Microsoft's Internet Explorer 9 will be available starting March 14 at 9 p.m. PST. Microsoft hopes the new browser will draw users over Firefox and Google Chrome.
prepping to release the final version of Internet Explorer 9 on March 14,
starting at 9 p.m. PST.
According to a
March 9 posting on The
, that final launch date would be exactly 12 months from the
first Platform Preview of IE9, the company's newest browser and its latest hope
in deflecting competition from aggressive upstarts such as Mozilla Firefox and
recently made the Release Candidate for IE9 available at www.BeautyOfTheWeb.com
. That RC
incorporated some 17,000 pieces of user feedback, with an eye toward building
on the browser's beta advances in performance, standards, user experience,
privacy and safety. Some 25 million people downloaded the beta.
Candidate supported geo-location, WebM video (with the installation of a V8
code on Windows), and playback of H.264-encoded video using the HTML5 video
tag. According to the SunSpider benchmark, the RC is also 35 percent faster
than IE9 beta.
At the same
time Microsoft's heralding the new, it's also attempting to slam
through the heart of the old: The company recently launched a
Website, "The Internet Explorer 6
that encourages users to migrate from the increasingly
antiquated and vulnerable browser. Despite possessing only a tiny market share
in the United States (2.9 percent), IE6 continues to hold a significant portion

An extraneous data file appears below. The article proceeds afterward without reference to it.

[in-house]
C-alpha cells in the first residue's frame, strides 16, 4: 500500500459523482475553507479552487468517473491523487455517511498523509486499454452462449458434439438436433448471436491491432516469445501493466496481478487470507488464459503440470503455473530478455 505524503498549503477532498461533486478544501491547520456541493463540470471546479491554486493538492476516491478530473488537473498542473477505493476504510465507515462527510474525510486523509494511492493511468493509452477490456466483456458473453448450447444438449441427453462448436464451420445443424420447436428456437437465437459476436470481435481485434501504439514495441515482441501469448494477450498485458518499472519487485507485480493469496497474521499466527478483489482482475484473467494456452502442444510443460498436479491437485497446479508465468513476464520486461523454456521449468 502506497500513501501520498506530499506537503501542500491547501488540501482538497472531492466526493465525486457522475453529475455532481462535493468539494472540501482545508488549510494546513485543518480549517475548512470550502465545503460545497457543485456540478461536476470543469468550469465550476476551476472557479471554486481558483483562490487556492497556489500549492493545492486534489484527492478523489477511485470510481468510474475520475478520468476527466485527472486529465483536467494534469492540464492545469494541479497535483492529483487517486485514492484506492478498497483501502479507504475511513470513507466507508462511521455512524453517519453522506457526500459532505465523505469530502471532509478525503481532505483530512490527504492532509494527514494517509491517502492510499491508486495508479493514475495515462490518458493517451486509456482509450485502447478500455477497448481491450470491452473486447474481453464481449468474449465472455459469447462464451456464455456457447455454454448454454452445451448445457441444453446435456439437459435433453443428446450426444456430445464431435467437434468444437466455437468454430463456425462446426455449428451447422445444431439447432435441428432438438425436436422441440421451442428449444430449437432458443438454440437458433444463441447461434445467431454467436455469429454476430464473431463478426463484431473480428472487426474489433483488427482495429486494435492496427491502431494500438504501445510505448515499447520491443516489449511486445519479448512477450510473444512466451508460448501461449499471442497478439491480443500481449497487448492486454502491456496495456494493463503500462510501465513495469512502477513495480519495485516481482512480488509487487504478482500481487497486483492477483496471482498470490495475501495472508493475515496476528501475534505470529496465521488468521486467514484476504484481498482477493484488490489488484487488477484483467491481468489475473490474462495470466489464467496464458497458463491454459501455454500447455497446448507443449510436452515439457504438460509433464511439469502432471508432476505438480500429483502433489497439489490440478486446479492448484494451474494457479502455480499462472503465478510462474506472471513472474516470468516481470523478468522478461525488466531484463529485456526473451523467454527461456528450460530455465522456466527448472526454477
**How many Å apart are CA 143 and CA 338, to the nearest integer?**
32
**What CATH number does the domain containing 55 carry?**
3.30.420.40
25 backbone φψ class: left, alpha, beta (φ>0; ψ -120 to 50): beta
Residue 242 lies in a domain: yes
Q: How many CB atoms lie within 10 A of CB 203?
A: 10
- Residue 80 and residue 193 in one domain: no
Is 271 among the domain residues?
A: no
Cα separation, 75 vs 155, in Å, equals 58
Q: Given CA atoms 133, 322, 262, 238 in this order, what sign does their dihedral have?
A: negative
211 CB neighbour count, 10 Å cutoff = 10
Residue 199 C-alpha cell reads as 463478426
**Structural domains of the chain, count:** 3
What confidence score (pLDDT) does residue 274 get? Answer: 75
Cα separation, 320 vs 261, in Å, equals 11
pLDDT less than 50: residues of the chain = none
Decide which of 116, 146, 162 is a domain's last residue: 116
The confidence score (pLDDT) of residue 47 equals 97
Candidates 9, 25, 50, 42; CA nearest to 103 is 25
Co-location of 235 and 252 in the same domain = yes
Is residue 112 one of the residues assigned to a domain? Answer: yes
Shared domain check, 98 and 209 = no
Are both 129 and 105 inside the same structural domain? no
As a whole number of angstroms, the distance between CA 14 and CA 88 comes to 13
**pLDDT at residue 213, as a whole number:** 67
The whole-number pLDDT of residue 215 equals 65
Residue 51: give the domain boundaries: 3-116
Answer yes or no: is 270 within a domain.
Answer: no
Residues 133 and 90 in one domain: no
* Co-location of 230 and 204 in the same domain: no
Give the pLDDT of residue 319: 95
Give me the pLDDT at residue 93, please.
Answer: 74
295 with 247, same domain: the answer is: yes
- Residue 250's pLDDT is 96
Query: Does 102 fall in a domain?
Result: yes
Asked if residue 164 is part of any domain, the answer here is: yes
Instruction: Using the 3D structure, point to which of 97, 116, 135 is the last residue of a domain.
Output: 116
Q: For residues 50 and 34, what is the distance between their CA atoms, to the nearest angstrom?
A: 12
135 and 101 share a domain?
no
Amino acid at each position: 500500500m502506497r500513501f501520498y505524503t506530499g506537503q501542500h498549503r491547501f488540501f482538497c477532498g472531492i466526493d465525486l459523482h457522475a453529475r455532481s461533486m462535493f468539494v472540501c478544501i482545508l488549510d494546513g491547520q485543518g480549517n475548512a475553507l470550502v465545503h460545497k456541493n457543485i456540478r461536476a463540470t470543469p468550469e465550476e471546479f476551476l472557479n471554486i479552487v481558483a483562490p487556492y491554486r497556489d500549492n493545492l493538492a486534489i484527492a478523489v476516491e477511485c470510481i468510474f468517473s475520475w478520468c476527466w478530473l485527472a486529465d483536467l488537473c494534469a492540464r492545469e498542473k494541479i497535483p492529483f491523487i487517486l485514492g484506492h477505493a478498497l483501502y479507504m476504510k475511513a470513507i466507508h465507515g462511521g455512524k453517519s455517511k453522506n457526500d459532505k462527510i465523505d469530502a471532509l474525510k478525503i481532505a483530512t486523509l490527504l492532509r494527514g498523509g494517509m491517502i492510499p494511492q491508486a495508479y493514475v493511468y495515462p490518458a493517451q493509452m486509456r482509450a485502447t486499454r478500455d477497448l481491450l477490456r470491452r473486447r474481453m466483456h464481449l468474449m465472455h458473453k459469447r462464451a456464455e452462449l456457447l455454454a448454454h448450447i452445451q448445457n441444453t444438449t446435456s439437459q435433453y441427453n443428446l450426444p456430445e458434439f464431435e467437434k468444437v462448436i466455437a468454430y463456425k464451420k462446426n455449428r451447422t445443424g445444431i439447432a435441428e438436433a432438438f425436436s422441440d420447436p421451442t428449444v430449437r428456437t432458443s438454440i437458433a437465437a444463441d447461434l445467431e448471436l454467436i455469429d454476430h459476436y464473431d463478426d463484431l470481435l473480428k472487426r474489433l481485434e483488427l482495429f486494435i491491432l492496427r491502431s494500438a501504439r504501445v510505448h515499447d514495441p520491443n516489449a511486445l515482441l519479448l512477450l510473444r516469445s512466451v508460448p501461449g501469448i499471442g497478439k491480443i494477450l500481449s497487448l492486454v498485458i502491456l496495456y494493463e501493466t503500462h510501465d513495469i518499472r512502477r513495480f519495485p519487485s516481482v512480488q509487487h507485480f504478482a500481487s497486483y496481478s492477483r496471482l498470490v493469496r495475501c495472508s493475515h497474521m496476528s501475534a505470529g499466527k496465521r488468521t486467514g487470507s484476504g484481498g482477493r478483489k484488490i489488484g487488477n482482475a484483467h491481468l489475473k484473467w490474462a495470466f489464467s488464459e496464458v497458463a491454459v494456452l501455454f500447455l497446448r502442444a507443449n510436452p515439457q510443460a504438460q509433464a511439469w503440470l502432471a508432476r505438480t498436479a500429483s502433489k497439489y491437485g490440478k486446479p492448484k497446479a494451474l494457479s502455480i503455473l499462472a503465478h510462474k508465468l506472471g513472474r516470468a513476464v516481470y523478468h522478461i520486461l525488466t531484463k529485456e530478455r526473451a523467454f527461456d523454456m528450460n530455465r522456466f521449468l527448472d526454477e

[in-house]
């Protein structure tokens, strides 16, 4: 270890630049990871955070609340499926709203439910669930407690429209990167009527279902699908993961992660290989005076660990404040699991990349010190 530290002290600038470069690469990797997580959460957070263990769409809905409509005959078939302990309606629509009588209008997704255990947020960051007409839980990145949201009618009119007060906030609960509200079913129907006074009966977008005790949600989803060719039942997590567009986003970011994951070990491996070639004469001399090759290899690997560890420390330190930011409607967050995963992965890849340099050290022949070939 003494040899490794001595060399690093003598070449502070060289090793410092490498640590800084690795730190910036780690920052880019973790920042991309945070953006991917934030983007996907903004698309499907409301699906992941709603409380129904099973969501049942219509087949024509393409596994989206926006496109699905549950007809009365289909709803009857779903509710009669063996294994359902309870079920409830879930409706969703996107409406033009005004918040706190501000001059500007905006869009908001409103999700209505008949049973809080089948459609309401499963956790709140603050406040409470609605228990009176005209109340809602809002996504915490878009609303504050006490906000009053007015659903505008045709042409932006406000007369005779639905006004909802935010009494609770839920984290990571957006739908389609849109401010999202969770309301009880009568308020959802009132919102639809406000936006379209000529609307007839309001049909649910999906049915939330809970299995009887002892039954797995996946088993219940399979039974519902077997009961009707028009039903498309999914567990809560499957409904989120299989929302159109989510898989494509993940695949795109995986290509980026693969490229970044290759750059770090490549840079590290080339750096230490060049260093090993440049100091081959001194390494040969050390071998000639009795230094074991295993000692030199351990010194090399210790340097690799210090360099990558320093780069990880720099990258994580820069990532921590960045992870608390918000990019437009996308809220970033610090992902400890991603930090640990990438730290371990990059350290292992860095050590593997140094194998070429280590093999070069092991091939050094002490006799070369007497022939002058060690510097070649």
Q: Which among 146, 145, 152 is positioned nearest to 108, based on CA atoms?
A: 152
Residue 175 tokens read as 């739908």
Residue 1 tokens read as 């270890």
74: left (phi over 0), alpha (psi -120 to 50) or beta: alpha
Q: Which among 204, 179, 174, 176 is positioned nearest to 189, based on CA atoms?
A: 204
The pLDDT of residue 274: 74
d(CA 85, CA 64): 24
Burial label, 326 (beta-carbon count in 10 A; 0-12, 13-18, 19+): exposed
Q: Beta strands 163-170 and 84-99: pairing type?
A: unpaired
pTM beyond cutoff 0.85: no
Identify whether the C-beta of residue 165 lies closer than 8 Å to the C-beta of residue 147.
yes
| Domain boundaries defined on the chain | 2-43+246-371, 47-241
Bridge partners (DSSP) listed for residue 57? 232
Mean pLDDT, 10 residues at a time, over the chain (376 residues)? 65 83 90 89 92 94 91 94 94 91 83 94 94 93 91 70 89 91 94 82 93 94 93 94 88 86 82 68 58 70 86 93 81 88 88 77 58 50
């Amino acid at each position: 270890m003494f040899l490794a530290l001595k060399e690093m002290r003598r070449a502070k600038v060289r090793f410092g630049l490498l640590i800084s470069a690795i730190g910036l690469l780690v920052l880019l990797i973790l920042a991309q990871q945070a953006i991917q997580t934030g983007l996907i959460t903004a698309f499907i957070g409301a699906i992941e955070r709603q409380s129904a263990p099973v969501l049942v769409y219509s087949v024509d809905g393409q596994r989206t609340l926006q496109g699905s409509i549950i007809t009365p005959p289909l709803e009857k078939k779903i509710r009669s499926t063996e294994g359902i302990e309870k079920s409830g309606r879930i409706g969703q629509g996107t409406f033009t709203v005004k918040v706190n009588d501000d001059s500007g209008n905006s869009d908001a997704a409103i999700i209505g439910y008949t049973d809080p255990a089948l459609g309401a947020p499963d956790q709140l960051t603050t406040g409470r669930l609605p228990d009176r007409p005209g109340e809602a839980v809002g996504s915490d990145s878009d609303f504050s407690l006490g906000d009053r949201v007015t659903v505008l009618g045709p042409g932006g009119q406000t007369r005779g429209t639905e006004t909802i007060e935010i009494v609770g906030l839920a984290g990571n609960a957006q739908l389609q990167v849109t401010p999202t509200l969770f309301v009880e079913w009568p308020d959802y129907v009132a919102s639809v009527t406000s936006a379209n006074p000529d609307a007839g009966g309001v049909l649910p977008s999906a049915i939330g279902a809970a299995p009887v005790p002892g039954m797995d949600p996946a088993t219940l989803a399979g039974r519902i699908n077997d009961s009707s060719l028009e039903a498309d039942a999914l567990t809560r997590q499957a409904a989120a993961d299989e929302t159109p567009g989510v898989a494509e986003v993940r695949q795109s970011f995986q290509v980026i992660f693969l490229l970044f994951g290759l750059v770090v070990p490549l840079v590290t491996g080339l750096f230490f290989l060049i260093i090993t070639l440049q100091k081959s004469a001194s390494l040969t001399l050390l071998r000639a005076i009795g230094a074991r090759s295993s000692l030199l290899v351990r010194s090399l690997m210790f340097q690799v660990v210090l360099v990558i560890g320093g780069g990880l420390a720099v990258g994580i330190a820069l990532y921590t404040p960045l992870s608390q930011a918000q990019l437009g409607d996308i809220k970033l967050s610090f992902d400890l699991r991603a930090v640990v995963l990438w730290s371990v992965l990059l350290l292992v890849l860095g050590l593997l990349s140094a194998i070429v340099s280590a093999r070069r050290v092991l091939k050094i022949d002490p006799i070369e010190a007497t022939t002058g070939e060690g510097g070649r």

of the market in countries such as China (34.5 percent) and South Korea (24.8
"The Web has
changed significantly over the past 10 years," reads a note on the Website.
"The browser has evolved to adapt to new Web technologies, and the latest
versions of Internet Explorer help protect you from new attacks and threats."
IE6 may be too
slow and vulnerable, but Microsoft is pouring considerable resources into
ensuring that IE9 launches in suitably up-to-date form. The company has spent
the past several months arguing that IE9 will leverage both HTML5 and Windows 7
to deliver rich content faster. However, Windows XP users who want to use the
browser will need to upgrade to either Windows Vista or Windows 7, a
development that could leave a not-insignificant amount of users in the
a substantial lead in the browser market for many years, a development that
contributed significantly to its antitrust issues with the federal government.
In recent years, however, rival browsers such as Firefox have eaten into
Internet Explorer's substantial lead, driving Microsoft to streamline IE9 into
a more competitive animal: The new browser features a number of performance and
aesthetic tweaks, such as consolidating the search and address bars, intended
to give it a next-generation feel.